Writing better code
An early application of SAT Solvers for static analysis is false pathpruning. When performing datafl ow analysis, sometimes a defect will bereported on a path that is infeasible (or unsatisfiable) at runtime.This reported defect should be eliminated from the static analysisresults since there is no possible combination of variables where itcould actually happen in the software system.

The methodologies for dealing with this problem within the datafl owframework pale in comparison to a bit-accurate representation coupledwith a good SAT Solver in this regard.

For example, with this bit-accurate representation of the sourcecode, developers can construct a formula that is a conjunction (AND) ofall the conditions in a path that lead to any given defect discoveredby datafl ow analysis.

By solving this formula, the SAT Solver indicates if there is a setof values for the variables involved in all the conditions such thatthe path can actually be executed. If the SAT Solver says'satisfiable', then the path is feasible at runtime. If the SAT Solversays 'unsatisfiable', the path can never be executed and no bug shouldbe reported.

Consider the earlier discussion of static analysis history and theproblems with excessive false positive results. By identifying falsepaths with SAT, developers can prune them from their static analysisresults.

This enables the developers to focus testing and analysis efforts onpotential problems that have a real possibility of compromising theproject at hand. It's important to note that false path pruning is justone example of how SAT can be leveraged to provide more accurate sourcecode analysis.

Other potential applications of SAT include the ability to findproblems such as string overflows, integer overflows or dead code, andthe use of assertion-based checking to identify difficult-to-find logicbugs.

While some instances of the defects in these categories can bediscovered today, SAT-based analysis allows developers to build on thesuccess of existing datafl ow analysis to reach new levels of accuracyand precision in static code analysis. For years, embedded softwaredevelopers have looked for products that could automatically andeffectively find software defects early in the development cycle.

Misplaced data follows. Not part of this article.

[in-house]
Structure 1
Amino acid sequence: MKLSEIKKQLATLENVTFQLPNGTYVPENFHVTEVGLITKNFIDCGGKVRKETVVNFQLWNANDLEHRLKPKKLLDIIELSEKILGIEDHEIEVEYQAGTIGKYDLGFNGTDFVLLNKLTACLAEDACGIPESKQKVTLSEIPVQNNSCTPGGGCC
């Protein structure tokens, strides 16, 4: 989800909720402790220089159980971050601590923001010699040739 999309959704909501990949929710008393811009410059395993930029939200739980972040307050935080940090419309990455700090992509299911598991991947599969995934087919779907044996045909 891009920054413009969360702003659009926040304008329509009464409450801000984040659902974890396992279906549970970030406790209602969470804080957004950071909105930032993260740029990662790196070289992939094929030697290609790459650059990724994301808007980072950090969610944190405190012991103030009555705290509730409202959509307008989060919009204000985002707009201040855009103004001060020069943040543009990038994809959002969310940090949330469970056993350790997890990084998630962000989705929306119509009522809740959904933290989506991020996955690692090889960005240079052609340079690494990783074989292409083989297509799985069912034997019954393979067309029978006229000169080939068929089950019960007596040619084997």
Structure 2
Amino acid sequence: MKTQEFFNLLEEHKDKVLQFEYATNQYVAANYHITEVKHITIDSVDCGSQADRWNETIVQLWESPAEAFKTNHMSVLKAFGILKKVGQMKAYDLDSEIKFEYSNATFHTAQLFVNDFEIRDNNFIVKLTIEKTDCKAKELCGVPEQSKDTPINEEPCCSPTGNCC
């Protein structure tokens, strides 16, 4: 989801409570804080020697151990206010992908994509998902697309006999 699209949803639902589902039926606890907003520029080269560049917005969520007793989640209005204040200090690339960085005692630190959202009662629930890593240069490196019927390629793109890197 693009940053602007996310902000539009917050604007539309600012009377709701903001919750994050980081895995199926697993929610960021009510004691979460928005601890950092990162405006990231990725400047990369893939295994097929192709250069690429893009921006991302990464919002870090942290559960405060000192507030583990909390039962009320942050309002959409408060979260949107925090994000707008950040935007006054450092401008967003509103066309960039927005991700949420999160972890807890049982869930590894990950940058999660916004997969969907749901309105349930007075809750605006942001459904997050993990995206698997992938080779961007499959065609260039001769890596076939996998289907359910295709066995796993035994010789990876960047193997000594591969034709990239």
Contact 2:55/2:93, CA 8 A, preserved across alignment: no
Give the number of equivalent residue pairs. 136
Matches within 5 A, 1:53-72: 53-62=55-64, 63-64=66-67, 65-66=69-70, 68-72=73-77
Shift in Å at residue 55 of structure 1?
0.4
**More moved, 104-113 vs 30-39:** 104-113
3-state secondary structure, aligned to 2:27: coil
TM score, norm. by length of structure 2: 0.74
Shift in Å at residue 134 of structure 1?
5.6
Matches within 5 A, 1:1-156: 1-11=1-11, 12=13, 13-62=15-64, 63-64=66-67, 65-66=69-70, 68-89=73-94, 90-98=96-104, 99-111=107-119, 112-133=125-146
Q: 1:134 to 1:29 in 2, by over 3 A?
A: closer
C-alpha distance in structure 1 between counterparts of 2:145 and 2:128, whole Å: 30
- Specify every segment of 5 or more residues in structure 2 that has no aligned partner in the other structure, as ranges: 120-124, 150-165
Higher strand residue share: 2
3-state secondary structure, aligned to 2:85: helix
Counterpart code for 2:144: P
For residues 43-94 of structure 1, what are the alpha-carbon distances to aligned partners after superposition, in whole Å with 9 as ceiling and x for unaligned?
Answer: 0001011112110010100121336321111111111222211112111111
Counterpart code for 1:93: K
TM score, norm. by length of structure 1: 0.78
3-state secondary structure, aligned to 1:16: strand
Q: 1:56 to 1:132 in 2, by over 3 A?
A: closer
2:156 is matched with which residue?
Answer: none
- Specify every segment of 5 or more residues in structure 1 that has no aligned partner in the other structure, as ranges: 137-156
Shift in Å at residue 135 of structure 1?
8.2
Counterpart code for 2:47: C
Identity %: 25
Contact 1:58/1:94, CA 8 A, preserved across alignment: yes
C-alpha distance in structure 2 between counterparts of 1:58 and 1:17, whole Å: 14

However, tools for discovering defects automatically have had manyfalse starts because of their failure to grasp a complete picture ofthe software.

SAT will benefit software developers and architects by fundamentallychanging the way they view static analysis of their source code. Byproviding complete understanding of a given build environment andsource code, a Software DNA Map can allow organisations to leverageexisting SAT techniques to produce the highest quality softwarepossible.

By leveraging SAT within static code analysis, companies canimmediately find and fix software defects in source code at thebeginning of the development cycle, impressing anyone who writessoftware and perhaps becoming the breakthrough that enables staticanalysis to deliver on more of its long-awaited promise.

Ben Chelf is the CTO of Coverity. He was a founding memberof the Stanford Computer Science Laboratory team that architected anddeveloped Coverity's underlying technology. He is one of the world'sleading experts on the commercial use of static source code analysis.Chelf holds BS and MS degrees in Computer Science from StanfordUniversity. He can be reached at bchelf@coverity.com